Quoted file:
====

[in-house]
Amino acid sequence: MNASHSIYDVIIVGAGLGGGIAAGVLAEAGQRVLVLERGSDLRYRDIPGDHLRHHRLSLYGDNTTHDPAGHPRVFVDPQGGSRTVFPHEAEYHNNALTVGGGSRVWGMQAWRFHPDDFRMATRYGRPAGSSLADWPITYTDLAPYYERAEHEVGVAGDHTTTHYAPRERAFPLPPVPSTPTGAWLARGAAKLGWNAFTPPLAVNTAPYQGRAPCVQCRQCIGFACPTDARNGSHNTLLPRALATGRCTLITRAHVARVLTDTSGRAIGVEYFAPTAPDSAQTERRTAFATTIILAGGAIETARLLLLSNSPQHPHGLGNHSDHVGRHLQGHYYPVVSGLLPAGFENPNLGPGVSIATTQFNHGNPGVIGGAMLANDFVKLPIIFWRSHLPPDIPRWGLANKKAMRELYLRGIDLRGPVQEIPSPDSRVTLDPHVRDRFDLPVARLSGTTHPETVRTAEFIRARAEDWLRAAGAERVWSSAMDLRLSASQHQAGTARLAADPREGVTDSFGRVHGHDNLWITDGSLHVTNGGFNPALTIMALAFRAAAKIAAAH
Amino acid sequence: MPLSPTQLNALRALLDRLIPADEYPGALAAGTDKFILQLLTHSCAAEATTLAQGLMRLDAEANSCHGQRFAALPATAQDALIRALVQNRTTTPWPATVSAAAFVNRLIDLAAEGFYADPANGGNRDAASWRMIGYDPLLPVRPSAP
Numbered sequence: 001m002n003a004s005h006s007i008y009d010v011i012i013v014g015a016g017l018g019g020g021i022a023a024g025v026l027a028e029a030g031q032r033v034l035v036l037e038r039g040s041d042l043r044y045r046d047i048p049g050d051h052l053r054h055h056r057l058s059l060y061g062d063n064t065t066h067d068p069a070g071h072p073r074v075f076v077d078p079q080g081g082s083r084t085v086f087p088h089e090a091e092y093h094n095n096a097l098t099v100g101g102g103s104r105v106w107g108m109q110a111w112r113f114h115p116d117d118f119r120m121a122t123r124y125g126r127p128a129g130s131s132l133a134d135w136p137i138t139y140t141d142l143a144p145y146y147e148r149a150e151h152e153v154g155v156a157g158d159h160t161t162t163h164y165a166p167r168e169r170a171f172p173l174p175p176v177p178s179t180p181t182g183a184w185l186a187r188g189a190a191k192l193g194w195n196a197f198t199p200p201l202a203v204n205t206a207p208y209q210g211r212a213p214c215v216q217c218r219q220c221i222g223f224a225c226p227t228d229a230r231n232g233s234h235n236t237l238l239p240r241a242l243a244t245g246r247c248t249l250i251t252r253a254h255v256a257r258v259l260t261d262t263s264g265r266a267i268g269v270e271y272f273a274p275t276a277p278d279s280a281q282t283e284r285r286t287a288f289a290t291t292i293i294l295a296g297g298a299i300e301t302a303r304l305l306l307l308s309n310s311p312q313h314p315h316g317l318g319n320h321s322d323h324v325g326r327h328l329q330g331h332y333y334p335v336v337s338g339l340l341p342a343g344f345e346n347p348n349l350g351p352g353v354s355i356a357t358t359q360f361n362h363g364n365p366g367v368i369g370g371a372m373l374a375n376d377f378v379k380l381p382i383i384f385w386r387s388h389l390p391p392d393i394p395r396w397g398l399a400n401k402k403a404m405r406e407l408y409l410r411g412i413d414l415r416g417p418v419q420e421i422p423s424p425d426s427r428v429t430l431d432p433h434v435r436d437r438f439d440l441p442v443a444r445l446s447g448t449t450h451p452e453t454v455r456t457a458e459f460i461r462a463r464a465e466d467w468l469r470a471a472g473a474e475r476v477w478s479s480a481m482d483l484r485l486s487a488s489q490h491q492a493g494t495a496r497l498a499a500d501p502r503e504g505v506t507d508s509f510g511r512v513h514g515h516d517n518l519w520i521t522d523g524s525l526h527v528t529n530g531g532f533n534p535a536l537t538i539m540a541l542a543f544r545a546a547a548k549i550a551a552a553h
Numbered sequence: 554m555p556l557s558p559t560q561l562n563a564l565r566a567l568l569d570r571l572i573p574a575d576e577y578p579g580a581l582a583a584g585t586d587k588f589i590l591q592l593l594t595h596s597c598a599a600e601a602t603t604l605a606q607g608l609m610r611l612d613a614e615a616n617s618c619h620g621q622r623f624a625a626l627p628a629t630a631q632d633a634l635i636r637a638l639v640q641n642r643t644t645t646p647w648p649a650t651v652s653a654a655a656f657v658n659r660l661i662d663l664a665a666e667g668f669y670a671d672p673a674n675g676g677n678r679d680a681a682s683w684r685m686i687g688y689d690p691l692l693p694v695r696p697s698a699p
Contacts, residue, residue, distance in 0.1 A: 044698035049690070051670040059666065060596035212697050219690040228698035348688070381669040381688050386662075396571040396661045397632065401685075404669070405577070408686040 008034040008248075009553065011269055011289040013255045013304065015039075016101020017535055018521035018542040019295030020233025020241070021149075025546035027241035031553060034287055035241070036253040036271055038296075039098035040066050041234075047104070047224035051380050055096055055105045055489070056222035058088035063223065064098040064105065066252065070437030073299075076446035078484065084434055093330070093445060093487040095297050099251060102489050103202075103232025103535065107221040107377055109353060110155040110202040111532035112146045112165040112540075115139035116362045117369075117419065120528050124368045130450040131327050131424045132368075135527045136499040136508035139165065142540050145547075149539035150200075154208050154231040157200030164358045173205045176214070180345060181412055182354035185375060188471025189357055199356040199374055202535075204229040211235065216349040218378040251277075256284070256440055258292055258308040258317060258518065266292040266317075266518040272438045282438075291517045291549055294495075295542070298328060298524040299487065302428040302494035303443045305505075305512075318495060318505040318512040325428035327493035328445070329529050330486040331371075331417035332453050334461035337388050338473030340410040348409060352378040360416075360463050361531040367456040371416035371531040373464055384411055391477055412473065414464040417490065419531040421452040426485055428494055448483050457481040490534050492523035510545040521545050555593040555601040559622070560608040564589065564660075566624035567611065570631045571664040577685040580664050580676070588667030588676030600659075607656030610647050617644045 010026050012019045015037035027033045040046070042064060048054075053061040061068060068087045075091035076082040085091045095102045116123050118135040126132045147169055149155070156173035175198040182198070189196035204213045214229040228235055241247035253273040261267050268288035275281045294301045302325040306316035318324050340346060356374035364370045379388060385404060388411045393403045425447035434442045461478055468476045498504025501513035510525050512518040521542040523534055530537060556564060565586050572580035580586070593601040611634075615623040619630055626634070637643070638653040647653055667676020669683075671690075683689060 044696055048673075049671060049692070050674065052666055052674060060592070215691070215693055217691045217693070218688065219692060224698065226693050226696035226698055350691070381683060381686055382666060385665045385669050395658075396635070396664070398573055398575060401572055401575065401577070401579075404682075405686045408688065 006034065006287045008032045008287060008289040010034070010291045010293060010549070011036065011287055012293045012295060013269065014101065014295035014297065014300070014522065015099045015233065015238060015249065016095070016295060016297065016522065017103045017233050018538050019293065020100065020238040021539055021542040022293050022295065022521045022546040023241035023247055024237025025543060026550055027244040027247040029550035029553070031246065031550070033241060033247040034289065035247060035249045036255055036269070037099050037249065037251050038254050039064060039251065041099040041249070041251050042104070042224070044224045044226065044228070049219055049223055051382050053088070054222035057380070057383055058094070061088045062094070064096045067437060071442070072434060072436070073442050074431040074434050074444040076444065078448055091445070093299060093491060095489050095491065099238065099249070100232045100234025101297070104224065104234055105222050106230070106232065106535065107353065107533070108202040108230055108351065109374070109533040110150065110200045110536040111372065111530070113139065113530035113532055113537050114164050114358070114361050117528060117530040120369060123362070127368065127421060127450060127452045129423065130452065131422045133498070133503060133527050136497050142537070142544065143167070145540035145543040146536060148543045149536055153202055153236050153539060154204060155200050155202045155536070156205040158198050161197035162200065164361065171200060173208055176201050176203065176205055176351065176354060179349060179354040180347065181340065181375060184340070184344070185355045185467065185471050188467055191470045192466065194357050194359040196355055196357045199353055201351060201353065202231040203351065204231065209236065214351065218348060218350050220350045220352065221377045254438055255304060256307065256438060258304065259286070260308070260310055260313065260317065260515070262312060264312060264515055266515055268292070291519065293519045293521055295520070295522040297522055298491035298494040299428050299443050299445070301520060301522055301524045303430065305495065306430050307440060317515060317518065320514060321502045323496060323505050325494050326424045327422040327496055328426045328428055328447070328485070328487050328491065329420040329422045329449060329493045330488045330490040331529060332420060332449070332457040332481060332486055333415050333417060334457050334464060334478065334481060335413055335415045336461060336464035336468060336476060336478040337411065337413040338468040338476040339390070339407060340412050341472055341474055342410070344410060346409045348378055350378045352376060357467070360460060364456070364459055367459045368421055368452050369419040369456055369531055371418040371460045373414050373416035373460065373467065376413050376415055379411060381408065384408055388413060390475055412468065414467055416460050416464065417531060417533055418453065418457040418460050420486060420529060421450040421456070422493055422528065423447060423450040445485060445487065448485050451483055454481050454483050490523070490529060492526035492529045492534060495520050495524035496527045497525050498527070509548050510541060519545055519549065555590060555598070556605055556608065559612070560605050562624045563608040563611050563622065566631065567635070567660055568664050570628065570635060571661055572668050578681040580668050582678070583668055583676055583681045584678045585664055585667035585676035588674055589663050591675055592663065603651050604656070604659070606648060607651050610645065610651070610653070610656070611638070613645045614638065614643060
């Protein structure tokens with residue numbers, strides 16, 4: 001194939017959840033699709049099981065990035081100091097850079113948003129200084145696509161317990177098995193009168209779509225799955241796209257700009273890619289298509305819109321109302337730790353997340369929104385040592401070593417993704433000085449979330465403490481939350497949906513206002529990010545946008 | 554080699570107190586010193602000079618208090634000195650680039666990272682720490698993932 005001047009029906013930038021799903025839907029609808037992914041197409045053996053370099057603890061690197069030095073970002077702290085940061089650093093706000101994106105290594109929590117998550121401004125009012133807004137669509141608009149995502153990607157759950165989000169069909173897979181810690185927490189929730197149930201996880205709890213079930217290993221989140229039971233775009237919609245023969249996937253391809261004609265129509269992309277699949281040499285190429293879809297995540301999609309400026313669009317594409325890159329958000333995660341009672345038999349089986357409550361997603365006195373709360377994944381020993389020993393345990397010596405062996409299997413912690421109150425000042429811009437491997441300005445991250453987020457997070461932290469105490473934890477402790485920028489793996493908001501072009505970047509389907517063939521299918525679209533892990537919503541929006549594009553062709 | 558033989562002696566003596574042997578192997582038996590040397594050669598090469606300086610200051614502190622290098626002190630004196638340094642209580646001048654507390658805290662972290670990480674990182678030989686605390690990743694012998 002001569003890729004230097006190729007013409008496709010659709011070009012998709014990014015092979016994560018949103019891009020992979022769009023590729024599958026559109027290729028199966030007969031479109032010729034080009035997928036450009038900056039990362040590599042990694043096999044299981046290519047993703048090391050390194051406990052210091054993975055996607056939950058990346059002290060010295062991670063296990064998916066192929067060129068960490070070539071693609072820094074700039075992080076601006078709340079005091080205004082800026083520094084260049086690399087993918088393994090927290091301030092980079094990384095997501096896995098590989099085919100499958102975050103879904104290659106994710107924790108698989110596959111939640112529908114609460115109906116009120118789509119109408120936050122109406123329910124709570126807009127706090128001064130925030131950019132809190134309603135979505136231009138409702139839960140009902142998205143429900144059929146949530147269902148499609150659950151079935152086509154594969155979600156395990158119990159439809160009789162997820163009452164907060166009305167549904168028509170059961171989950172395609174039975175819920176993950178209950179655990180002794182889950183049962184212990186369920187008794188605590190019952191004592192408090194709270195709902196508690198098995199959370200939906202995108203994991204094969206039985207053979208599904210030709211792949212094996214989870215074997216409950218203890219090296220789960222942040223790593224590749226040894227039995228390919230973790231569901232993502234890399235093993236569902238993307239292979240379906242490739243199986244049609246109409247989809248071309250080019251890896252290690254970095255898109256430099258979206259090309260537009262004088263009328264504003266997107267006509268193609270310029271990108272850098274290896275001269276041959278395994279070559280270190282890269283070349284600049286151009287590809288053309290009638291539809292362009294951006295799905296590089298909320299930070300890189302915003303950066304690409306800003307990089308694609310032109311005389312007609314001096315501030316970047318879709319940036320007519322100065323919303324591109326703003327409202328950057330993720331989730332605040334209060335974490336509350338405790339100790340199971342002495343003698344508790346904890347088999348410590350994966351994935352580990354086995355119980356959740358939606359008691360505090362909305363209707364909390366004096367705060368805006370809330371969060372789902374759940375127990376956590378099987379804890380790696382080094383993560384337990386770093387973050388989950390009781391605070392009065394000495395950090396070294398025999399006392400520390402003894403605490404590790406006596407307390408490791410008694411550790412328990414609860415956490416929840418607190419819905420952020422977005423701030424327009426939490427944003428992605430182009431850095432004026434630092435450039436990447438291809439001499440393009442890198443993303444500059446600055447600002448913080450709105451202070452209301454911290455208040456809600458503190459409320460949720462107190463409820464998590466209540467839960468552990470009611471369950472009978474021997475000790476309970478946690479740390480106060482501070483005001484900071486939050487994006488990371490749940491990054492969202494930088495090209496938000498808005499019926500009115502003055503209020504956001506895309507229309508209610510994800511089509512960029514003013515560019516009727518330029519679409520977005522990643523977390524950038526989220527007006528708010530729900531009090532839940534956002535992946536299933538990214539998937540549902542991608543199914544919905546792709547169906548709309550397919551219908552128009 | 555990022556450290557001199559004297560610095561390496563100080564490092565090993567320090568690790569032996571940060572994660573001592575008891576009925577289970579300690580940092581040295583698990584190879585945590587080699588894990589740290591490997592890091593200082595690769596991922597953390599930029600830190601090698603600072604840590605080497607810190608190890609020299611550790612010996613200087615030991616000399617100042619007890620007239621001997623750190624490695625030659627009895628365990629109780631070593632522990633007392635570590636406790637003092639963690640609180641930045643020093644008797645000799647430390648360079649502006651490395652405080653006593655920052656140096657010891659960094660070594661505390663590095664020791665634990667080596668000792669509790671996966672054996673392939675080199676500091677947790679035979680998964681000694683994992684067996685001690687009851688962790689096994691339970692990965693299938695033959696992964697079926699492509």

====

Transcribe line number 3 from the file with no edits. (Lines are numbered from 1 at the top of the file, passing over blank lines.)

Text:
Amino acid sequence: MPLSPTQLNALRALLDRLIPADEYPGALAAGTDKFILQLLTHSCAAEATTLAQGLMRLDAEANSCHGQRFAALPATAQDALIRALVQNRTTTPWPATVSAAAFVNRLIDLAAEGFYADPANGGNRDAASWRMIGYDPLLPVRPSAP